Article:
To be clear, muscles don’t get confused. They respond very predictably to regular (or irregular) exercise. So even the phrase “muscle confusion” is a little, well, confusing. The term gets thrown around a lot by personal trainers and well-meaning fitness enthusiasts as a way to encourage a varied workout routine. But sadly, it often amounts to the gym version of the game “Telephone”: Maybe the first person understands and applies the concept correctly, but by the time it has been passed from one person to the next, the meaning gets lost. So stop relying on your best buddy’s interpretation. Here’s what you need to know.
Constant Change Doesn’t Help Specific Goals
One of the most common misinterpretations of “muscle confusion” is that to gain muscle and get stronger, you need to constantly switch up your routine to keep your muscles guessing. While there’s a modicum of truth to this, it’s misleading, especially when you’re pursuing specific goals.
“One big problem with the muscle confusion principle is that you don’t spend enough time working on an exercise to really master it,” says Doug Barsanti, owner of ReInvention Fitness. “It’s like training to ride a bike one day, then a skateboard the next, and then rollerblading after that. Your skills on the bike aren’t really going to get better.”
If you want to get stronger and develop mass in the most efficient way possible, you need to follow a specific plan that focuses on repeatedly training specific muscle groups. Likewise, if you want to train for a marathon, you need to do a lot more running than any other form of exercise.
Constant Challenge Is Important
It’s important to understand that following a specific plan doesn’t mean you don’t challenge yourself. “If you do the same exercise the same way every day, your body will adapt to that level of stress and you’re less likely to see progression,” says Dr. Dana Ryan, the senior manager of Sports Performance and Education at Herbalife Nutrition. “The key is to challenge yourself by gradually increasing reps, intensity, and resistance.”
So again: Follow a specific plan, then keep working hard. You may get bored occasionally, but you’ll reach your goal faster than if you were to subject yourself to an erratic workout schedule that jumps from HIIT training to heavy strength work to boxing to 50-mile bike rides to gymnastic calisthenics.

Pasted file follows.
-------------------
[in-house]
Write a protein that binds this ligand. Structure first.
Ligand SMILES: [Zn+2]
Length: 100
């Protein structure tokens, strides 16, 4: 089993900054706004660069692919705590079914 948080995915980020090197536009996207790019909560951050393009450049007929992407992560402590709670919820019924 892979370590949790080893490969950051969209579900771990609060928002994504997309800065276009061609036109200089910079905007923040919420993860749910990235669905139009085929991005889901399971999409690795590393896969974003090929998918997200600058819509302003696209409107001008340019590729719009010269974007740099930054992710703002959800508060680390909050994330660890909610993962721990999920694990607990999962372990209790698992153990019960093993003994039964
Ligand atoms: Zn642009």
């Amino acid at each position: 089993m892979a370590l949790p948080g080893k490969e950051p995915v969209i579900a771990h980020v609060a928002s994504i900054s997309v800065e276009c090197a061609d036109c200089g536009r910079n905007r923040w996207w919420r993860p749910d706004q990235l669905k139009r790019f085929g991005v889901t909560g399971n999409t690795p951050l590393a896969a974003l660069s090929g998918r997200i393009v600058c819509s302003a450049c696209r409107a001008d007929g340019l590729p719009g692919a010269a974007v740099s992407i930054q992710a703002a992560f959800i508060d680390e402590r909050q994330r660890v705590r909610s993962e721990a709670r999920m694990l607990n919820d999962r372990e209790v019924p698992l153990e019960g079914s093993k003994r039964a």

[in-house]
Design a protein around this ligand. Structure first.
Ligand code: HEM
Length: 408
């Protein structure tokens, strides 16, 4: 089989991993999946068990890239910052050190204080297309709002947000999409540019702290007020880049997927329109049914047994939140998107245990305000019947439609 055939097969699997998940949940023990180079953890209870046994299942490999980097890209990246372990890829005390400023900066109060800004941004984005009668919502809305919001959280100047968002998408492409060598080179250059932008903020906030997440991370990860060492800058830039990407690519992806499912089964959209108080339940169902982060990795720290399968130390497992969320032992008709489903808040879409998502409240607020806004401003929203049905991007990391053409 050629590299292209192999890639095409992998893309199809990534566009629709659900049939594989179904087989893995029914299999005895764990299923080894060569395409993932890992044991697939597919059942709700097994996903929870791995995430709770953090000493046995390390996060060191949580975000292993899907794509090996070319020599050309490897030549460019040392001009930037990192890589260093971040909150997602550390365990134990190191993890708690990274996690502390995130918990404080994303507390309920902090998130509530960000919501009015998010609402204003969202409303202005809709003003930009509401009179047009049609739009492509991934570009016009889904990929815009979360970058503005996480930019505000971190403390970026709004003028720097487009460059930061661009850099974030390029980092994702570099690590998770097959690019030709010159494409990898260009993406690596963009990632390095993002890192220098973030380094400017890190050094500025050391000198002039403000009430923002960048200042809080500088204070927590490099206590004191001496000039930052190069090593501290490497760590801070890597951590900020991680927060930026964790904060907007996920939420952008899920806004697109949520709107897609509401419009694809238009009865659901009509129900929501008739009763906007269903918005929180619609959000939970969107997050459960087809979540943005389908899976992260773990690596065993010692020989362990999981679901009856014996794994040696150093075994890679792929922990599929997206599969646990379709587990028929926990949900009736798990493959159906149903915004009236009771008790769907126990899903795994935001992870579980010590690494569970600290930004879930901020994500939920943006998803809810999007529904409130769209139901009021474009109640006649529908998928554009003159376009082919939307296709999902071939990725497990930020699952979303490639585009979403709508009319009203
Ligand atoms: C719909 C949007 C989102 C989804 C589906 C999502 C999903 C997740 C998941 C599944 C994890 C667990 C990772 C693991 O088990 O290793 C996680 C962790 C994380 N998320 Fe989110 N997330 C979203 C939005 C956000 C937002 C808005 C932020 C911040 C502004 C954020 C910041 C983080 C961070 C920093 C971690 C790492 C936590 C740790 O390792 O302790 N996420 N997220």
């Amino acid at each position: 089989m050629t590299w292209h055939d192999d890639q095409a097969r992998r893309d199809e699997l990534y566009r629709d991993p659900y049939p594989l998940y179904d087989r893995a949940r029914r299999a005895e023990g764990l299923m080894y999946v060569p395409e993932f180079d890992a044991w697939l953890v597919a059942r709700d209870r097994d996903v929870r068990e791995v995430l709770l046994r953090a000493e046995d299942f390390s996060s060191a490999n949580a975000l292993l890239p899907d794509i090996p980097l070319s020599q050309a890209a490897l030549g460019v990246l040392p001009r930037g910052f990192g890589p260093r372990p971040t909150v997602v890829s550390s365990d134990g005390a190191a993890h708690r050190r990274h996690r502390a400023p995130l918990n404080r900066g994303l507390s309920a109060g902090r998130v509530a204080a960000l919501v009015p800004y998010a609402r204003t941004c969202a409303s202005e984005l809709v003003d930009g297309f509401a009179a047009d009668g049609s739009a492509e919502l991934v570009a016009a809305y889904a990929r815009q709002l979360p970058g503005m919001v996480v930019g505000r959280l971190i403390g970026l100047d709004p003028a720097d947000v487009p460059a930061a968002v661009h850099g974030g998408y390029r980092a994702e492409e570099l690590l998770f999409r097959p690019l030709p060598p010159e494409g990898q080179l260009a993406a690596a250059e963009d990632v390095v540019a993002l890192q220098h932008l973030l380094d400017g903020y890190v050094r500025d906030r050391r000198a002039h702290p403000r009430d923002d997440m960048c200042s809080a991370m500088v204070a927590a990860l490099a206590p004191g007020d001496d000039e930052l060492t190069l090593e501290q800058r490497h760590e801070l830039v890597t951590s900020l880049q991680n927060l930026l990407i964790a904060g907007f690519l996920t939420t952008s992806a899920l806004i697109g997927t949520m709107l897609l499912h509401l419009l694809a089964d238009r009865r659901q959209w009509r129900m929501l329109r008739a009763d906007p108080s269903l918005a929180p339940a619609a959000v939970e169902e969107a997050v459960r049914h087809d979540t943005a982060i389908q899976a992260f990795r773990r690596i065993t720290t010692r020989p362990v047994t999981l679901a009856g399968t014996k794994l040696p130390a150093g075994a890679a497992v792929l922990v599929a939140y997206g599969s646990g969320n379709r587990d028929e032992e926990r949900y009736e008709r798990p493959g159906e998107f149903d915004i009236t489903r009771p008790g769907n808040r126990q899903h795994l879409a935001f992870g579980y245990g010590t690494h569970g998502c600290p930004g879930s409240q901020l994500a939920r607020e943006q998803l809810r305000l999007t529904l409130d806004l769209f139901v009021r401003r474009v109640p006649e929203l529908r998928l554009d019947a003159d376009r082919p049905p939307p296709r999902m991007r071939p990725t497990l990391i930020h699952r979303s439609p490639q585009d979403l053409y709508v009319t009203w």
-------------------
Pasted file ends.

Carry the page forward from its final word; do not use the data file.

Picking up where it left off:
Know When to Switch Things Up
Just because you need to follow a specific plan to reach your goals doesn’t mean you need to follow that plan forever. “Plateaus do occur, but not after the first training session,” says Dr. Karl Smith, the Director of Health and Fitness at Cortland Partners communities. Instead, you should switch up your workout about every six to eight weeks to follow a more effective periodization program, “where reps, sets, recovery time, and volume are manipulated on a regularly scheduled basis,” Smith says.
Learn to Manage Boredom Effectively
Instant gratification and constant stimulation are societal norms, so following a single training program may sound like a special type of torture. If you can’t fathom doing the same workout for six weeks straight — it’s practically a lifetime, really — Barsanti suggests switching up lower-skill exercises, such as cardio, or smaller muscle-isolation exercises.
Functionally, this means following the same general-strength-training program for a full six weeks, but changing up your weekly cardio, hitting the rowing machine one day and the stair climber the next, or, while following your routine, adding or changing isolation exercises here and there. This means continuing to work your plan for squats, lunges, deadlifts, bench press, pull-ups, and the like, but maybe you isolate your biceps, calves, or triceps a little differently each routine.
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